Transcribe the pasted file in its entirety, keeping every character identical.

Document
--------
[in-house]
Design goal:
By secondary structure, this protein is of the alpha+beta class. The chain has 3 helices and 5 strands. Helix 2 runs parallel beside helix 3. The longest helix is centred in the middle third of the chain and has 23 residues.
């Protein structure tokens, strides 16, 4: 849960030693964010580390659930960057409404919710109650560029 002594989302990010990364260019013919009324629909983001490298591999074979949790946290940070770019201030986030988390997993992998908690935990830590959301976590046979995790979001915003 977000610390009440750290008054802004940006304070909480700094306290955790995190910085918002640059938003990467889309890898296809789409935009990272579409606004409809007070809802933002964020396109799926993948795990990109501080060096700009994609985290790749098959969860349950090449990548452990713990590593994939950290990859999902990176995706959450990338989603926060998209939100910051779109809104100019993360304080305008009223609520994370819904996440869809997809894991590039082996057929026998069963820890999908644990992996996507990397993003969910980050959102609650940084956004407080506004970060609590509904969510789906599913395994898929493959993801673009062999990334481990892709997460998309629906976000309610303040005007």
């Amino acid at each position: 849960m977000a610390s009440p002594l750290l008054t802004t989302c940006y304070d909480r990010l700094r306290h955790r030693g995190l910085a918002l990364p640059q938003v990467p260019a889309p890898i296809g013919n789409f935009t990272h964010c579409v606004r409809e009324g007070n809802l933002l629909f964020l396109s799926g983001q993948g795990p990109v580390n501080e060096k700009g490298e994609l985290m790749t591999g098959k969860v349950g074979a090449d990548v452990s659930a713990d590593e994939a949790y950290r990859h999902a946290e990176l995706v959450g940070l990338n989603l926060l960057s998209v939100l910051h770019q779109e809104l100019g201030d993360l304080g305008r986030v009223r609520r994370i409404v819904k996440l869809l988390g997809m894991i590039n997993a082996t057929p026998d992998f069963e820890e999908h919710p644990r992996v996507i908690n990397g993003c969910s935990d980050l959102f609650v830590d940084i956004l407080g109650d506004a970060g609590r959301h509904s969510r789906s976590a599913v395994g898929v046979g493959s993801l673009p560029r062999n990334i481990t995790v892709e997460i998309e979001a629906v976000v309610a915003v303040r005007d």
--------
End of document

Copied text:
[in-house]
Design goal:
By secondary structure, this protein is of the alpha+beta class. The chain has 3 helices and 5 strands. Helix 2 runs parallel beside helix 3. The longest helix is centred in the middle third of the chain and has 23 residues.
């Protein structure tokens, strides 16, 4: 849960030693964010580390659930960057409404919710109650560029 002594989302990010990364260019013919009324629909983001490298591999074979949790946290940070770019201030986030988390997993992998908690935990830590959301976590046979995790979001915003 977000610390009440750290008054802004940006304070909480700094306290955790995190910085918002640059938003990467889309890898296809789409935009990272579409606004409809007070809802933002964020396109799926993948795990990109501080060096700009994609985290790749098959969860349950090449990548452990713990590593994939950290990859999902990176995706959450990338989603926060998209939100910051779109809104100019993360304080305008009223609520994370819904996440869809997809894991590039082996057929026998069963820890999908644990992996996507990397993003969910980050959102609650940084956004407080506004970060609590509904969510789906599913395994898929493959993801673009062999990334481990892709997460998309629906976000309610303040005007």
């Amino acid at each position: 849960m977000a610390s009440p002594l750290l008054t802004t989302c940006y304070d909480r990010l700094r306290h955790r030693g995190l910085a918002l990364p640059q938003v990467p260019a889309p890898i296809g013919n789409f935009t990272h964010c579409v606004r409809e009324g007070n809802l933002l629909f964020l396109s799926g983001q993948g795990p990109v580390n501080e060096k700009g490298e994609l985290m790749t591999g098959k969860v349950g074979a090449d990548v452990s659930a713990d590593e994939a949790y950290r990859h999902a946290e990176l995706v959450g940070l990338n989603l926060l960057s998209v939100l910051h770019q779109e809104l100019g201030d993360l304080g305008r986030v009223r609520r994370i409404v819904k996440l869809l988390g997809m894991i590039n997993a082996t057929p026998d992998f069963e820890e999908h919710p644990r992996v996507i908690n990397g993003c969910s935990d980050l959102f609650v830590d940084i956004l407080g109650d506004a970060g609590r959301h509904s969510r789906s976590a599913v395994g898929v046979g493959s993801l673009p560029r062999n990334i481990t995790v892709e997460i998309e979001a629906v976000v309610a915003v303040r005007d």